An Alternative Newspaper View of Cyberspace

By: Steve Outing

Independent-minded U.S. alternative newspapers are meeting in Salt Lake City, Utah, this week, for the annual conference of the Association of Alternative Newsweeklies (AAN), and interactive technology is on a lot of attendees' minds. I've been attending this event along with about 400 people from among AAN's more than 100 member newspapers. (The conference runs through Saturday).

Online publishing and the Internet seem to be the hottest topic. A publisher of one of the larger alternative papers told me that although the industry faces a number of challenges, such as the high price of newsprint and its effect on AAN members, "all anyone wants to talk about here" is the Internet.

It's more than talk, of course. Alternative newspapers are embracing electronic publishing, as you'd expect for a media segment that has a relatively young audience. About half of the more than 100 North American alternative newsweeklies currently operate online, according to AAN executive director Richard Karpel; many more are likely to go online this year.

To see what this industry is doing online, visit AAN's brand new Web site at The site, designed by Andrew Sullivan of eLine Productions in San Francisco (who also did the San Francisco Bay Guardian's Web site), includes coverage of the Salt Lake City convention; check it out if you want more than this brief report. (Due to another commitment, I have to miss Friday's sessions).

Before giving my own presentation yesterday, I had the opportunity to listen in on a couple of the interactive publishing sessions:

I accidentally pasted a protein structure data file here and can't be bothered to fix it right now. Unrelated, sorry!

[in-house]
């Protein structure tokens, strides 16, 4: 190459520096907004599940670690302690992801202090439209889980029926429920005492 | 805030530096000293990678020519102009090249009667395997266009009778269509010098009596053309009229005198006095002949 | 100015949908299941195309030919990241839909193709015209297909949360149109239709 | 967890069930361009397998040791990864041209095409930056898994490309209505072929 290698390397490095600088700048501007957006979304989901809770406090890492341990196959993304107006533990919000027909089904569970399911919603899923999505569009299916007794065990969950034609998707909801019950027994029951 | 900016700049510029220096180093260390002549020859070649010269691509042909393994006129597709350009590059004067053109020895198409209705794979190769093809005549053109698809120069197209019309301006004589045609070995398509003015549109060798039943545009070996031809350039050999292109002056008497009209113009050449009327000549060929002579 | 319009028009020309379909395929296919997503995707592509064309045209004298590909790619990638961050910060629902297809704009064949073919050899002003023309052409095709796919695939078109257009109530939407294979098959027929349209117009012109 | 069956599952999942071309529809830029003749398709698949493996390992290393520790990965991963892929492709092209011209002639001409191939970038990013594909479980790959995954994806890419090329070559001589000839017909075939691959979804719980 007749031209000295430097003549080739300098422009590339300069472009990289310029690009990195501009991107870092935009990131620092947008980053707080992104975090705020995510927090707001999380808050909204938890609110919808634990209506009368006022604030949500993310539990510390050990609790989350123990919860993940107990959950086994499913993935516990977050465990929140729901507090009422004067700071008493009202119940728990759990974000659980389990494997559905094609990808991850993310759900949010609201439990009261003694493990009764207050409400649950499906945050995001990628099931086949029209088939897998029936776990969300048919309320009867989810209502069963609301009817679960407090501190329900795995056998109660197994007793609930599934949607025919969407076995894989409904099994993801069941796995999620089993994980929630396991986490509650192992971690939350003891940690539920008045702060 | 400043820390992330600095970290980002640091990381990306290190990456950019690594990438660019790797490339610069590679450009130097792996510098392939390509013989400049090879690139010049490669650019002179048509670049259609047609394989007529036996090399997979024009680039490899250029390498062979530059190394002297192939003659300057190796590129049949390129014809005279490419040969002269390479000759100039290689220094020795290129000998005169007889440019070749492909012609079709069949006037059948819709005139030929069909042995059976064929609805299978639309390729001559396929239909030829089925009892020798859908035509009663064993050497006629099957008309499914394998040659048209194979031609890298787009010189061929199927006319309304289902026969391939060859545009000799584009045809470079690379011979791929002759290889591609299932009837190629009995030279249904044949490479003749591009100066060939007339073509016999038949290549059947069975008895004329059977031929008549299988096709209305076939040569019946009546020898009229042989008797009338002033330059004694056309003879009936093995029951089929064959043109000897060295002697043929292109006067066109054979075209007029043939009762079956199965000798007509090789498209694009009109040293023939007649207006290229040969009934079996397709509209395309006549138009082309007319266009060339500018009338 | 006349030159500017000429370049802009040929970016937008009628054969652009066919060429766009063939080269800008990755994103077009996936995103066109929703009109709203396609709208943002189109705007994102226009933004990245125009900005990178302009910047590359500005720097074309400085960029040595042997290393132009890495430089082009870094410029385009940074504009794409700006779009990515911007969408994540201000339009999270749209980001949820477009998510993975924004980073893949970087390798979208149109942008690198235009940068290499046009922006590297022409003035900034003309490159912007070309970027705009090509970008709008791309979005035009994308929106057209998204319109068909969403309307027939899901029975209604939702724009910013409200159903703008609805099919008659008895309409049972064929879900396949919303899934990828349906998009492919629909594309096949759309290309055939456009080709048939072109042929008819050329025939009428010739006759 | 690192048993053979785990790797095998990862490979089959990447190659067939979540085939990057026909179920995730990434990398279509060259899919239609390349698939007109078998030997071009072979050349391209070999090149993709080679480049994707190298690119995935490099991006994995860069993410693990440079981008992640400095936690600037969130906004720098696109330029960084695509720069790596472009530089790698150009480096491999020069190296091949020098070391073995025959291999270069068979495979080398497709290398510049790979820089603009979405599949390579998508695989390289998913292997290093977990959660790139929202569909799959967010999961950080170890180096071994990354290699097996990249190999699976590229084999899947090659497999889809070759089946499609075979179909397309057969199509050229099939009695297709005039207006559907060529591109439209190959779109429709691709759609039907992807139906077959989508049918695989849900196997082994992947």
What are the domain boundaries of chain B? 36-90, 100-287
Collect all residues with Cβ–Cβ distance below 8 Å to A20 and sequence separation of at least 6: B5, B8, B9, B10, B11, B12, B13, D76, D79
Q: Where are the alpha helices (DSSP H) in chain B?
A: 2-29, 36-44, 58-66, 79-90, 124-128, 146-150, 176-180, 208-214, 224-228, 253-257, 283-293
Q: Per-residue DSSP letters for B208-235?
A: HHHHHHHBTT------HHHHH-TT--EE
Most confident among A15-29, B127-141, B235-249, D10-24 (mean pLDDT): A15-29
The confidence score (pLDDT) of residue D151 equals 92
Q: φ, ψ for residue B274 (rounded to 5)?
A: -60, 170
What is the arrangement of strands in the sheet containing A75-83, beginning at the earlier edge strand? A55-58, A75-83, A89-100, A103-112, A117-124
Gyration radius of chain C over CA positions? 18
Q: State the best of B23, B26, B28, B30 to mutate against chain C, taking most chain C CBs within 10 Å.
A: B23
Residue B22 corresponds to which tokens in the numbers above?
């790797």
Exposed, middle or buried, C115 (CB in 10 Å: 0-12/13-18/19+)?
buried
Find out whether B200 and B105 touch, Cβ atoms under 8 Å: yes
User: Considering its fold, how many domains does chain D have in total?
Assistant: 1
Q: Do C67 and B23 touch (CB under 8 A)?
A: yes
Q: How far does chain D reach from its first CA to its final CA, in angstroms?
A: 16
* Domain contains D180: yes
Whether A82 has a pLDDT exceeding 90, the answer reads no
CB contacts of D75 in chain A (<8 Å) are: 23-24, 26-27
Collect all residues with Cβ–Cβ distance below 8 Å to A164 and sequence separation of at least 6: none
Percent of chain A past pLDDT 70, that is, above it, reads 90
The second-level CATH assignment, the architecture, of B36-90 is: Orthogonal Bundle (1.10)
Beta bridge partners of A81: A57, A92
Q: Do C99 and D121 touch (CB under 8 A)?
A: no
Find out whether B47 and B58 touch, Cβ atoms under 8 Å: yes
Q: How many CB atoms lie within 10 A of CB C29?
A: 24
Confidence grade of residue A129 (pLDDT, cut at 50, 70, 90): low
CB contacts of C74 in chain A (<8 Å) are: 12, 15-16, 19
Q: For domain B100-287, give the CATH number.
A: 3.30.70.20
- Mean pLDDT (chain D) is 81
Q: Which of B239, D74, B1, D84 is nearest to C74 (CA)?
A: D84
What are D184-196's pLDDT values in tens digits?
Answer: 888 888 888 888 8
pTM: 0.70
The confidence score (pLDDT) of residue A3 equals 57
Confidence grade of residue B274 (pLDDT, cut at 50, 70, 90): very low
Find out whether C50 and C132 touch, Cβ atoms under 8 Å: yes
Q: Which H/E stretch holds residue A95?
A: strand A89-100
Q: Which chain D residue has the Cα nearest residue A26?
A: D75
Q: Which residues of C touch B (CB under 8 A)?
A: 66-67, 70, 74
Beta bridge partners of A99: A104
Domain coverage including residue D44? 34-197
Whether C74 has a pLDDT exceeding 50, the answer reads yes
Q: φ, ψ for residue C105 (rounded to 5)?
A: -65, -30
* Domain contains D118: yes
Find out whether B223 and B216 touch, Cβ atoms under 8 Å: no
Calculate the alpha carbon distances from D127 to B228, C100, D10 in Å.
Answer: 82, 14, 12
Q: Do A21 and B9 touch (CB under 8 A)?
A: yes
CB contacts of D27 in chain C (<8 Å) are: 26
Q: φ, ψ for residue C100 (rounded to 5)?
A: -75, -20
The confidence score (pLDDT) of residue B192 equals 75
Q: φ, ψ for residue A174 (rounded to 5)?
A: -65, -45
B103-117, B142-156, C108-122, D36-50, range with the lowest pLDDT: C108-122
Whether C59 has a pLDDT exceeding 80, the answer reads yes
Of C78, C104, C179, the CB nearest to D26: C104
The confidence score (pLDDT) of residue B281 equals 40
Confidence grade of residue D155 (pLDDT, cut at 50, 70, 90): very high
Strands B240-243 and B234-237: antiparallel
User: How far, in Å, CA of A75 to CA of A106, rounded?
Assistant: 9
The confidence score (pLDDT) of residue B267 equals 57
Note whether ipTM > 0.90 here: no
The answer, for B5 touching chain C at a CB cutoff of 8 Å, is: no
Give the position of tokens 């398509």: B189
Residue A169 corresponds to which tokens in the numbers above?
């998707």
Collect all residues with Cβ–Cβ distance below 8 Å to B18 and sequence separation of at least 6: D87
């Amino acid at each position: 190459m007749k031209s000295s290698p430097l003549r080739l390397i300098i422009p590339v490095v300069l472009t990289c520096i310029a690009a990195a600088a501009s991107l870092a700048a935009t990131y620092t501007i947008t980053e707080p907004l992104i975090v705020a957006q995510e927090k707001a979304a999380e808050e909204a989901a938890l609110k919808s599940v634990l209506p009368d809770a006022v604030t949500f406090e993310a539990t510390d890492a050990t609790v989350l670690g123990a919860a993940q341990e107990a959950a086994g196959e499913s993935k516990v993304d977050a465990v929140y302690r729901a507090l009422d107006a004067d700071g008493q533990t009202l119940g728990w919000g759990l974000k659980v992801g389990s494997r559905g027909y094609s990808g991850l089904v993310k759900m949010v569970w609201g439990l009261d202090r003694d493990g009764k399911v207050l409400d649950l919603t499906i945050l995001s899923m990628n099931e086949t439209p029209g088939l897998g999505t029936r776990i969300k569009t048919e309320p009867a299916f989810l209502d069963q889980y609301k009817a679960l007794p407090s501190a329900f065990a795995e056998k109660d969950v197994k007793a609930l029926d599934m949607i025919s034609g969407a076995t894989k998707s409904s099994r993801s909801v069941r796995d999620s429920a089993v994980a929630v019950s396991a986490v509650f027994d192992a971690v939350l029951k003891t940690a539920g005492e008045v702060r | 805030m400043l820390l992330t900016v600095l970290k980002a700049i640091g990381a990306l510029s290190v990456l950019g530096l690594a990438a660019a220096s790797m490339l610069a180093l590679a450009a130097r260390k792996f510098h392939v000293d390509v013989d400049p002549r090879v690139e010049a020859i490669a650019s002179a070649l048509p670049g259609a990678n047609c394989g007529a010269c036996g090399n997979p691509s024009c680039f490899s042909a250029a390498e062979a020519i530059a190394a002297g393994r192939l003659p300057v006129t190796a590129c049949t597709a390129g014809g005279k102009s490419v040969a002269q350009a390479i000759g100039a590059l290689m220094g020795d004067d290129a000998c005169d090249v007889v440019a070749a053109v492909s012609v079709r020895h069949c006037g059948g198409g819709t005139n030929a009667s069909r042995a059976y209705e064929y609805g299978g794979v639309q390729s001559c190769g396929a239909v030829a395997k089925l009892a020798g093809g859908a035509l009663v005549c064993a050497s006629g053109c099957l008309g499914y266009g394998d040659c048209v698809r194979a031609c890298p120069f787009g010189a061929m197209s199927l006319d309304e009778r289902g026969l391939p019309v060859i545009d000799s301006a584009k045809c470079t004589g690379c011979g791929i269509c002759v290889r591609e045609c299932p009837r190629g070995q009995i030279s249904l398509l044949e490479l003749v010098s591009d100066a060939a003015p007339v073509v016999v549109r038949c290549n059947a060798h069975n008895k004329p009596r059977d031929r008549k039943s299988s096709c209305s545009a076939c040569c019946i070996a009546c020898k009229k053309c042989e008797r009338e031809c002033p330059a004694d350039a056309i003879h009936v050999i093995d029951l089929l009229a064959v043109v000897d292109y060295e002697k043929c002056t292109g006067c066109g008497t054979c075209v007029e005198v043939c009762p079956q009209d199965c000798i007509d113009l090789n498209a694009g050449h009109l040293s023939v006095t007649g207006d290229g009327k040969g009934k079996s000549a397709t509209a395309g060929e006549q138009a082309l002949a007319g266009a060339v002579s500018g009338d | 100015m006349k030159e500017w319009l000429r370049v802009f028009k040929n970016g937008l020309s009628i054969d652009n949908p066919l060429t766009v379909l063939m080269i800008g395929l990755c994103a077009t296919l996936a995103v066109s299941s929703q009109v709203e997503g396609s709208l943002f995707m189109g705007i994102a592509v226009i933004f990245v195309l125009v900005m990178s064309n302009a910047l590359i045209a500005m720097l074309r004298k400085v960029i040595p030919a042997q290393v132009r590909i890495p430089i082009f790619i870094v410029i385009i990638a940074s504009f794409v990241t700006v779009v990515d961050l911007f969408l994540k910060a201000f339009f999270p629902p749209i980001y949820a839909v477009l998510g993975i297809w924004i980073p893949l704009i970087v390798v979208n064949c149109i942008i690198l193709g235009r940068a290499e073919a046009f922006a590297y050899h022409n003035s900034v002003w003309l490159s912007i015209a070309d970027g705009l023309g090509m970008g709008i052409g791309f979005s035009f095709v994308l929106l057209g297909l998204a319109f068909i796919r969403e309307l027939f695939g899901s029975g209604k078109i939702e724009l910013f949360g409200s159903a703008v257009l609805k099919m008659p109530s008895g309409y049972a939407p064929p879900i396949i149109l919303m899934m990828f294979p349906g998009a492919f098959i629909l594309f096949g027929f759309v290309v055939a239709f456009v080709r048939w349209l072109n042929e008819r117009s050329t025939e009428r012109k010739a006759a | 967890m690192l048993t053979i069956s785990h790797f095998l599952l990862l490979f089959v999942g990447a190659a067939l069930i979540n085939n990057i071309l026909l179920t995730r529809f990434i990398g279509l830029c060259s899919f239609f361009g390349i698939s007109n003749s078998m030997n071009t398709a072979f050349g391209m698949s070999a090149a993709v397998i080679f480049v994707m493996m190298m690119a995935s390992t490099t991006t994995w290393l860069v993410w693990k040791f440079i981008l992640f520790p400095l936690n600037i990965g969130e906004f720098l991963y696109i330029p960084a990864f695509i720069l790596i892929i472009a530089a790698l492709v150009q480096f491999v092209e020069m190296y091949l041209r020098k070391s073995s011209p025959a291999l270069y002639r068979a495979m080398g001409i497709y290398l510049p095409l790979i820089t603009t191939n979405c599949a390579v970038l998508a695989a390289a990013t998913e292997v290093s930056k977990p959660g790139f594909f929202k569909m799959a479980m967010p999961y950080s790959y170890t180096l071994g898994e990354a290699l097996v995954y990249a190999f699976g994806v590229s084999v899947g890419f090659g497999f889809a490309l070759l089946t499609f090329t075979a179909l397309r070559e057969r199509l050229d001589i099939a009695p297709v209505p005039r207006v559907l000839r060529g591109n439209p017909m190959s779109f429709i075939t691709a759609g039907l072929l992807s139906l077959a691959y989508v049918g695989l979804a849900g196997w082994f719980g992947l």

Web design tips

In a session on Web design for alternative papers, Braxton Jarratt, director of electronic publishing for New Times Inc. (the largest U.S. alternative newspaper company, with six titles), reinforced the need to design pages that are quick to appear on a user's computer screen. The home page of his site for the Phoenix New Times is not allowed to be larger than 50K and includes no more than 10 separate images, he says. Inside pages have stricter guidelines: a maximum of 30K for all text and images, and no more than six separate images.

Jarratt says that until bandwidth is abundant and plentiful to the majority of Internet users -- not likely for some time -- bandwidth conservation must be at the forefront of Web design. An excellent technique that allows graphics-rich pages without slowing down the user experience is to reuse graphics on "inside" pages, so that images cached by the user's browser can be re-displayed and new ones don't have to be pulled over the Web.

"It's all about digital bandwidth," says Andrew Sullivan, who also was on the panel. He suggests taking extra care with graphics and photos, reducing them to the smallest possible size without degrading the image. Using Photoshop, Sullivan says he reduces the bit depth for images down to the point where the image breaks apart, then backs off one step and uses that bit depth to resample the image. This information can then be used as a setting when batch-processing many images.

Jarratt says he's found that graphics and photos look best viewed in Netscape when the pallete in Photoshop is set to 216 colors instead of the standard 256, so he changes the default palette. This has the added benefit of reducing image file size slightly as well. He also checks many of his pages on a slower PC with a 14.4 modem to see what the viewing experience is like for the typical PC user.